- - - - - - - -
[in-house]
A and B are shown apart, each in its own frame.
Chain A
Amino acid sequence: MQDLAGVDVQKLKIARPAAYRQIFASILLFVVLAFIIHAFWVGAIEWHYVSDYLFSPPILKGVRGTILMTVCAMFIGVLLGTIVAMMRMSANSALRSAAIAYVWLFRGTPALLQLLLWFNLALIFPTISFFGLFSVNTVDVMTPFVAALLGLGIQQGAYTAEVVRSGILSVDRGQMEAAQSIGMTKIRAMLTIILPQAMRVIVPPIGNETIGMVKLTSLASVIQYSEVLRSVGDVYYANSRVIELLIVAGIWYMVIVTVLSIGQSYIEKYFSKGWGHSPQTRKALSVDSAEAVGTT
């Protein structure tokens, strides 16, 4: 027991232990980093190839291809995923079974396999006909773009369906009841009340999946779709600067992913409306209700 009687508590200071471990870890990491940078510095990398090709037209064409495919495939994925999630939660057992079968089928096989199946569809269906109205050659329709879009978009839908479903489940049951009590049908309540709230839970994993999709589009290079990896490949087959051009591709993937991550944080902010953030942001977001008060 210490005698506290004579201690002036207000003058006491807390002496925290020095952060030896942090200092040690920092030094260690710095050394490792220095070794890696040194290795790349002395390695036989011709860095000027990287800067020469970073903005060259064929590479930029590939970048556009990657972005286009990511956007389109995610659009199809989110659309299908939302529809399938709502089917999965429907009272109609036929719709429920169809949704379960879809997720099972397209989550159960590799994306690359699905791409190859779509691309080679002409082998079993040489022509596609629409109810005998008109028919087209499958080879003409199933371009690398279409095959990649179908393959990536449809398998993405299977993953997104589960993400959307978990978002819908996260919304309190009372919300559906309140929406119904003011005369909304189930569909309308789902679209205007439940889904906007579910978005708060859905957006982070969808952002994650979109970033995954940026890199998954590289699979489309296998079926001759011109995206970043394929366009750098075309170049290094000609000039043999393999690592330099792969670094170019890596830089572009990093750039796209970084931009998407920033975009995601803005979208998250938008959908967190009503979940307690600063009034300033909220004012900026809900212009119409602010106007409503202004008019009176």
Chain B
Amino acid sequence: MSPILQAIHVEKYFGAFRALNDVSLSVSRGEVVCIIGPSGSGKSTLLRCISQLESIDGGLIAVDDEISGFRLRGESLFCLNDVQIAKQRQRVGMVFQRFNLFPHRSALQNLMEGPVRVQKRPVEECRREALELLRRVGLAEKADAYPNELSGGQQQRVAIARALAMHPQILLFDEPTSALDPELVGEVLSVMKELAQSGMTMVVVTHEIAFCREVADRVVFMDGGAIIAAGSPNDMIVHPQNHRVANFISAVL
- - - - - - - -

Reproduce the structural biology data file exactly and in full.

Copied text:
[in-house]
A and B are shown apart, each in its own frame.
Chain A
Amino acid sequence: MQDLAGVDVQKLKIARPAAYRQIFASILLFVVLAFIIHAFWVGAIEWHYVSDYLFSPPILKGVRGTILMTVCAMFIGVLLGTIVAMMRMSANSALRSAAIAYVWLFRGTPALLQLLLWFNLALIFPTISFFGLFSVNTVDVMTPFVAALLGLGIQQGAYTAEVVRSGILSVDRGQMEAAQSIGMTKIRAMLTIILPQAMRVIVPPIGNETIGMVKLTSLASVIQYSEVLRSVGDVYYANSRVIELLIVAGIWYMVIVTVLSIGQSYIEKYFSKGWGHSPQTRKALSVDSAEAVGTT
């Protein structure tokens, strides 16, 4: 027991232990980093190839291809995923079974396999006909773009369906009841009340999946779709600067992913409306209700 009687508590200071471990870890990491940078510095990398090709037209064409495919495939994925999630939660057992079968089928096989199946569809269906109205050659329709879009978009839908479903489940049951009590049908309540709230839970994993999709589009290079990896490949087959051009591709993937991550944080902010953030942001977001008060 210490005698506290004579201690002036207000003058006491807390002496925290020095952060030896942090200092040690920092030094260690710095050394490792220095070794890696040194290795790349002395390695036989011709860095000027990287800067020469970073903005060259064929590479930029590939970048556009990657972005286009990511956007389109995610659009199809989110659309299908939302529809399938709502089917999965429907009272109609036929719709429920169809949704379960879809997720099972397209989550159960590799994306690359699905791409190859779509691309080679002409082998079993040489022509596609629409109810005998008109028919087209499958080879003409199933371009690398279409095959990649179908393959990536449809398998993405299977993953997104589960993400959307978990978002819908996260919304309190009372919300559906309140929406119904003011005369909304189930569909309308789902679209205007439940889904906007579910978005708060859905957006982070969808952002994650979109970033995954940026890199998954590289699979489309296998079926001759011109995206970043394929366009750098075309170049290094000609000039043999393999690592330099792969670094170019890596830089572009990093750039796209970084931009998407920033975009995601803005979208998250938008959908967190009503979940307690600063009034300033909220004012900026809900212009119409602010106007409503202004008019009176």
Chain B
Amino acid sequence: MSPILQAIHVEKYFGAFRALNDVSLSVSRGEVVCIIGPSGSGKSTLLRCISQLESIDGGLIAVDDEISGFRLRGESLFCLNDVQIAKQRQRVGMVFQRFNLFPHRSALQNLMEGPVRVQKRPVEECRREALELLRRVGLAEKADAYPNELSGGQQQRVAIARALAMHPQILLFDEPTSALDPELVGEVLSVMKELAQSGMTMVVVTHEIAFCREVADRVVFMDGGAIIAAGSPNDMIVHPQNHRVANFISAVL